This is absolutely in the tradition of intersectionality scholars who argue that “rational” and “choice” and unmarked categories like “worker” and “student” reproduce power relations through routinized organizational forms. It’s as if Hothschild’s white unfettered male worker went to college. Of course, “he” DOES go to college! He is Ideal Student Man! Higher education organizational forms live for this dude. The Roaming Autodidact is just this Ideal Student’s cooler, hipster cousin who was raised by flower power parents in Silicon Valley. Almost no group is going to college like black women, at all costs and against incredible odds. But, demographic changes in student aspiration and attainment have not changed the institutional norms of Ideal Student Man.
If anything, these demographic changes have exploited the conditions for high status students to extract qualitatively different educational returns from objectively similar levels of education (effectively maintaining inequality or EMI for the win). Of course, that’s all just aided and abetted by technological solutionism and cultural logics of “data”, “media”, “platforms” and what have you.
Higher education choice assumes all the external objectivity of prestige, aspirational socialization and attendant values derived from the ideal student type. For-profit students are, in contrast, marked deviant. And when over 60 percent of those students are women and of those women a disproportionate share are brown and working class and mothers, the deviance becomes taken-for-granted, reproduced and institutionalized in our analyses.
So what do I do about that? First, I take Choo and Marx Ferree’s challenge of intersectional practice seriously. I take it very seriously. I center students’ voice theoretically and analytically. I talk to students.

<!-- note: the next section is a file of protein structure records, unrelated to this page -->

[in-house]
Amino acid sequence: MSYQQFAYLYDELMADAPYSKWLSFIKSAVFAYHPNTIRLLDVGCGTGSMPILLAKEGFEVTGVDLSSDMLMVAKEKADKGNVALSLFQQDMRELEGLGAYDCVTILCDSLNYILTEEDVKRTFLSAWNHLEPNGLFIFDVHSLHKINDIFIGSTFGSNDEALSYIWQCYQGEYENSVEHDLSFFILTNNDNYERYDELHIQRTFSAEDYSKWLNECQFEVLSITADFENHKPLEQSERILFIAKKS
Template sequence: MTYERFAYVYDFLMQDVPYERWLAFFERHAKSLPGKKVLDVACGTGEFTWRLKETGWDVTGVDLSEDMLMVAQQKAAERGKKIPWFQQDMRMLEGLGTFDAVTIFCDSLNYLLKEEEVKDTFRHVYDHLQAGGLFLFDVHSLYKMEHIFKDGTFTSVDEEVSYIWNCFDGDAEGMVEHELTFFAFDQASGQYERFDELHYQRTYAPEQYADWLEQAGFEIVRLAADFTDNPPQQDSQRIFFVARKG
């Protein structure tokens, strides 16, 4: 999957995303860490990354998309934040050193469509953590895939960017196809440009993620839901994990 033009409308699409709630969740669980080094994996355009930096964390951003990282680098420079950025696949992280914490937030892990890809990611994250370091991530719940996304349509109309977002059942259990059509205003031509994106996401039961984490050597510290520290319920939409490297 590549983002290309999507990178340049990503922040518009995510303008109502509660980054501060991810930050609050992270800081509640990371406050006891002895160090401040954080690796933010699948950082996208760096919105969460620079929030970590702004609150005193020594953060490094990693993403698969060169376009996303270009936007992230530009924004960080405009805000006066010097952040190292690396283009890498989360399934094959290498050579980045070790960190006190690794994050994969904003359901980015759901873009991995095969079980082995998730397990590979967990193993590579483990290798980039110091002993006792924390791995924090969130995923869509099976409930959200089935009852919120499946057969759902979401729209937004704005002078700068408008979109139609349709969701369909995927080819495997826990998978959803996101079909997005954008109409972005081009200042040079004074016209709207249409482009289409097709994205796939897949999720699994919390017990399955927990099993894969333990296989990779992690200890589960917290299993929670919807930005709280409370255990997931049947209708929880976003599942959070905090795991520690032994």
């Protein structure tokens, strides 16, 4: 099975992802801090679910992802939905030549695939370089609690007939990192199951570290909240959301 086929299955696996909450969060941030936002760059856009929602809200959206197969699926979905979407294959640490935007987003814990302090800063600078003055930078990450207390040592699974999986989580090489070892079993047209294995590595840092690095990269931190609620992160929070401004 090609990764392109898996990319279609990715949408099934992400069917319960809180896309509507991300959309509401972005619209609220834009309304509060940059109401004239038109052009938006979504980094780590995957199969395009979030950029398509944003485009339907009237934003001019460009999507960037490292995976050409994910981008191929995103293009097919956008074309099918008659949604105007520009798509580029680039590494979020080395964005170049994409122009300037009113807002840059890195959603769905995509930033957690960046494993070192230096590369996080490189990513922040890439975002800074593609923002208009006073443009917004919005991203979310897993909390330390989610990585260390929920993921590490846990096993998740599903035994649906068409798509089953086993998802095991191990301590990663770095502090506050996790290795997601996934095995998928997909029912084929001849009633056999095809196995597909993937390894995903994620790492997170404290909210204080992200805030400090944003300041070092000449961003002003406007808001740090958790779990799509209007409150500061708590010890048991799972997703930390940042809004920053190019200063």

But that isn’t enough, is it? I have to do more. I have to center their actions and sensemaking and put the assumed norm up for the same kind of interrogation to which I subject for-profit students. I have to focus on process and institutions. Everybody’s “rationality” is debatable up in through here. I do that through mixed methods and comparative case design. I do that through sensemaking theories and analytical frameworks. I do that through narrative and digital ethnographies as event history analysis. I do that by constantly checking myself.
Once I get you there, I have to tell you why I have researched these specific women in these programs over time, in “real life” and online, in informal and formal learning spaces.
I have to tell you why I focus on women at the top of credentialism, and not the bottom. When you are getting a PhD at Capella you’re literally living vertical and horizontal stratification, credentialism, and differentiation. You’re also resistant to the dismissive “low information” analysis that, again, marks students as deviant and minimizes their agency.
But, I don’t want to gloss over the reality of the real constraints on that action. We can talk organizations and situations into meaning but we cannot individually or collectively talk our way past racist, sexist capitalism or gendered occupational fields or segmented labor markets or controlling images. Those things are still there and my research participants are in the thick of it.
I’ve tried to be there with them. That’s the work and it’s really all one big ball of wax.